Updated at 16:11,02-12-2016

Judge fines Viktar Ivashkevich for organizing Narodny Skhod rallies

A district judge in Minsk on Thursday imposed a fine on Viktar Ivashkevich, co-chairman of the national organizing committee for the "Narodny Skhod" (Peoples Assembly) rallies that were held throughout Belarus on October 8.

Judge Kiryl Polulekh of the Savetski District Court fined Mr. Ivashkevich 1.4 million rubels ($243 at the current "official" exchange rate), finding him guilty of acting in violation of regulations governing mass events.

Mr. Ivashkevich, a member of an opposition group called Belaruski Rukh (Belarusian Movement), had been arrested by police in Minsk earlier in the day.

During the trial, which lasted seven and a half hours, Mr. Ivashkevich cited Article Three of the Mass Events Law, which says that the law does not apply to national and local assemblies, but Judge Polulekh ignored this argument and also Mr. Ivashkevich's statement that he was ready to produce peoples signatures in support of the rallies.

The Prosecutor General's Office had warned Mr. Ivashkevich and the other co-chairman of the national organizing committee, Henadz Fyadynich, that the Narodny Skhod rallies would be illegal.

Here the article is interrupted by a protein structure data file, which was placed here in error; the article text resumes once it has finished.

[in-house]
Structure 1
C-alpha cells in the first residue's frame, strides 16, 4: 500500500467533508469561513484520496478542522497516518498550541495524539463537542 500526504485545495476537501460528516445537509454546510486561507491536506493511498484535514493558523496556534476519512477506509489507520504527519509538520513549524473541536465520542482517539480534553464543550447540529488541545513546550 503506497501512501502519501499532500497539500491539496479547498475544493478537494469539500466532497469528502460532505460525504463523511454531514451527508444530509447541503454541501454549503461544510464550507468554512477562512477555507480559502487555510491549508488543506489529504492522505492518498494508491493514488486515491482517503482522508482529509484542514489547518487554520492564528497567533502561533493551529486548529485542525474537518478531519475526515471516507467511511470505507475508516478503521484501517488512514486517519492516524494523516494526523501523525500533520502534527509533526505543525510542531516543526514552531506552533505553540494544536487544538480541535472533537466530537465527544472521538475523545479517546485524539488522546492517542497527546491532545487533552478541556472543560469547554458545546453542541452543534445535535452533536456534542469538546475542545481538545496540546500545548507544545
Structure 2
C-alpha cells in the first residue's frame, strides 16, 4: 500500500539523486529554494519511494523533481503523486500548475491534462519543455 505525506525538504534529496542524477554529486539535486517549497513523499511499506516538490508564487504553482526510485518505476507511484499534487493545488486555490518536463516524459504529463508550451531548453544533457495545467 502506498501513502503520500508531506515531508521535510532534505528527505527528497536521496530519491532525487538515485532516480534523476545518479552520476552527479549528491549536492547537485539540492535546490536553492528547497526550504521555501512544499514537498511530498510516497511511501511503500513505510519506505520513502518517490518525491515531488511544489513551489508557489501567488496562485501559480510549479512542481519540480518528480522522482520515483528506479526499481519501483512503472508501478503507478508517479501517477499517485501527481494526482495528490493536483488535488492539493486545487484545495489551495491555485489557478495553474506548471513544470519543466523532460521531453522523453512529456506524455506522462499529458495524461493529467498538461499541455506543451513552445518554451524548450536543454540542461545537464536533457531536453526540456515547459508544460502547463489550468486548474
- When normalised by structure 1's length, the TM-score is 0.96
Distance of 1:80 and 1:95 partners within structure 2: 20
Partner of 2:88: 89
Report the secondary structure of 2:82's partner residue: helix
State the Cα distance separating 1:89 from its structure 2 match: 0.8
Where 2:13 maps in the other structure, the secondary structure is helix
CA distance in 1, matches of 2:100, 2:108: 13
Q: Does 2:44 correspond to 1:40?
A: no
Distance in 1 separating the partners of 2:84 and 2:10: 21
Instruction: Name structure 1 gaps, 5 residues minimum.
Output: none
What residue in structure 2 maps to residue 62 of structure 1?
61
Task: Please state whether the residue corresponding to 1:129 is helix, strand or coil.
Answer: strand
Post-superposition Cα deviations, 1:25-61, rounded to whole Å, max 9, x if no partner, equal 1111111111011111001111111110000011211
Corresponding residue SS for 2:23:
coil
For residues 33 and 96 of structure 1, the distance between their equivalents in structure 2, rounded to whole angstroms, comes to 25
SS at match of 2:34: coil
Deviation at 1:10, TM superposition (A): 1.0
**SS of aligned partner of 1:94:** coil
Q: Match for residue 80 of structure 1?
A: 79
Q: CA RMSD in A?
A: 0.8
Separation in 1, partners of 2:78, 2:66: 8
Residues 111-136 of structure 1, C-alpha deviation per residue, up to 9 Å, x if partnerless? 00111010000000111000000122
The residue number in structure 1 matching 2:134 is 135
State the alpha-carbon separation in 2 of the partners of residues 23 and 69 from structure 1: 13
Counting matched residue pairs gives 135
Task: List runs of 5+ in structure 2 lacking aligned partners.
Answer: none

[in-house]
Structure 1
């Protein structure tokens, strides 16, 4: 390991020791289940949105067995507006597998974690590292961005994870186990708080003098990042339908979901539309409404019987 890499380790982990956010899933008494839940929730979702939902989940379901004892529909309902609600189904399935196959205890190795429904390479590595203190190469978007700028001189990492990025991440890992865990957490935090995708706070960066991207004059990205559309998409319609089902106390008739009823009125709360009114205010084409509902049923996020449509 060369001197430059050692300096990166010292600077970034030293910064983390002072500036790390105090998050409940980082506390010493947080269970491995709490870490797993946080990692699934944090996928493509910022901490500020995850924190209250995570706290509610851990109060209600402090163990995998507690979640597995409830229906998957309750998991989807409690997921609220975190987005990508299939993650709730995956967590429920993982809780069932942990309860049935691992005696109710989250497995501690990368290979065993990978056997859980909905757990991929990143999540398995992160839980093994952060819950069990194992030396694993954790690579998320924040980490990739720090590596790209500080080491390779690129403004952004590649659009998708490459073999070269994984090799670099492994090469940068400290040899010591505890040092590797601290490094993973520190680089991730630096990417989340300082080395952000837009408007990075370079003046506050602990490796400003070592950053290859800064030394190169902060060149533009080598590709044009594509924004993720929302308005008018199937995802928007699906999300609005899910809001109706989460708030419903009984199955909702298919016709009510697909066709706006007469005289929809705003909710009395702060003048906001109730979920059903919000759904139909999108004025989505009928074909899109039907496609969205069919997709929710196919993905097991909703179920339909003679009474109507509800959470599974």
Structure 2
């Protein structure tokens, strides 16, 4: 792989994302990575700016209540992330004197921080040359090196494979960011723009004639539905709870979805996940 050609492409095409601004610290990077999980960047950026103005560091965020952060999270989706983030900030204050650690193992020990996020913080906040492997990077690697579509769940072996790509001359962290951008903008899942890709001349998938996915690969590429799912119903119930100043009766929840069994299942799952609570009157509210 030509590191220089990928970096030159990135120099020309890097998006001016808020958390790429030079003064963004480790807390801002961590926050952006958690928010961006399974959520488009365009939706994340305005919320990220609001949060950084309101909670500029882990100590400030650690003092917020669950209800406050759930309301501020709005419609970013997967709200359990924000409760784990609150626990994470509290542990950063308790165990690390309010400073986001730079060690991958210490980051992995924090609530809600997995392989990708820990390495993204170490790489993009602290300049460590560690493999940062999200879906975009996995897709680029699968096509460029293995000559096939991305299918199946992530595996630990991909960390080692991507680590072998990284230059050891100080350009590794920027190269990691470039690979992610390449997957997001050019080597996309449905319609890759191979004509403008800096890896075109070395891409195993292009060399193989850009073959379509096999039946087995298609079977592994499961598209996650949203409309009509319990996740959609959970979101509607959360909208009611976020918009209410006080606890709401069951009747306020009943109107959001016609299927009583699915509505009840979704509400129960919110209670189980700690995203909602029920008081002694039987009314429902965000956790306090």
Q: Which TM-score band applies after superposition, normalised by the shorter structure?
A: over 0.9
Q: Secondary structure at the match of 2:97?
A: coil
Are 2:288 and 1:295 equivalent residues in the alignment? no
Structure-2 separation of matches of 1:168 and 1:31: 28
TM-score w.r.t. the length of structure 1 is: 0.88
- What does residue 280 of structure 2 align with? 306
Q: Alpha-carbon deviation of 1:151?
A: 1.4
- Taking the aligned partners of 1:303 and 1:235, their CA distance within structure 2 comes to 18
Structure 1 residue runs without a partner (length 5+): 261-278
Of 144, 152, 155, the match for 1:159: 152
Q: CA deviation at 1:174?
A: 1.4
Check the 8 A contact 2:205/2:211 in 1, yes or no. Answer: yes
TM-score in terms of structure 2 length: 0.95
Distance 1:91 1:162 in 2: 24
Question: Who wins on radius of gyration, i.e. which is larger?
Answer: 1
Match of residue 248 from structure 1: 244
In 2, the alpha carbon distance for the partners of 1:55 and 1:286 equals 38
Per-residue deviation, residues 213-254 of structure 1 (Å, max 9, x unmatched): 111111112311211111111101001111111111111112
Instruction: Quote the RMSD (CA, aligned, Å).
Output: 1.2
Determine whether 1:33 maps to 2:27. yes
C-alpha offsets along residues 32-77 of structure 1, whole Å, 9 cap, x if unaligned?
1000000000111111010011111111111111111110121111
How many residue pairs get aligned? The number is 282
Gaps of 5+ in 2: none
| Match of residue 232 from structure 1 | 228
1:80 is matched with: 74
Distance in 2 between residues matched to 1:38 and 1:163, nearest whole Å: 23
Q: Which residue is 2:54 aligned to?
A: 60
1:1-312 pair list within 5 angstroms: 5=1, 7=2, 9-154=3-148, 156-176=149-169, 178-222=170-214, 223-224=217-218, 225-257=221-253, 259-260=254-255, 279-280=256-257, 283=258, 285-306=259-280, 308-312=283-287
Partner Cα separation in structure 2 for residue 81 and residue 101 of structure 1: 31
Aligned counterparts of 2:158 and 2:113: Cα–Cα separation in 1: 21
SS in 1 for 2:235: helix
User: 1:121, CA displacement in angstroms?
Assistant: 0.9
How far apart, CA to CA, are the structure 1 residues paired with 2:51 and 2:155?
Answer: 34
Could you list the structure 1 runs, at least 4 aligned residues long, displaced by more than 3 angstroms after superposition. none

According to Mr. Ivashkevich, a total of between 2,000 and 3,000 people took part in the rallies. A number of opposition activists were arrested before the rallies and so were a dozen during the events. Several local organizers were subsequently fined.

Under the National and Local Assemblies Law, a local assembly at the level of a city, neighborhood, street or house may be initiated by at least two individuals if at least 10 percent of residents have added their signatures in support of holding such an event.

The law does not require authorities to be notified of the assembly or signatures to be submitted to them for verification or registration.

Given that the Mass Events Law does not apply to national and local assemblies, no official permission for holding them is required, and that the organizers are free to decide where people will gather.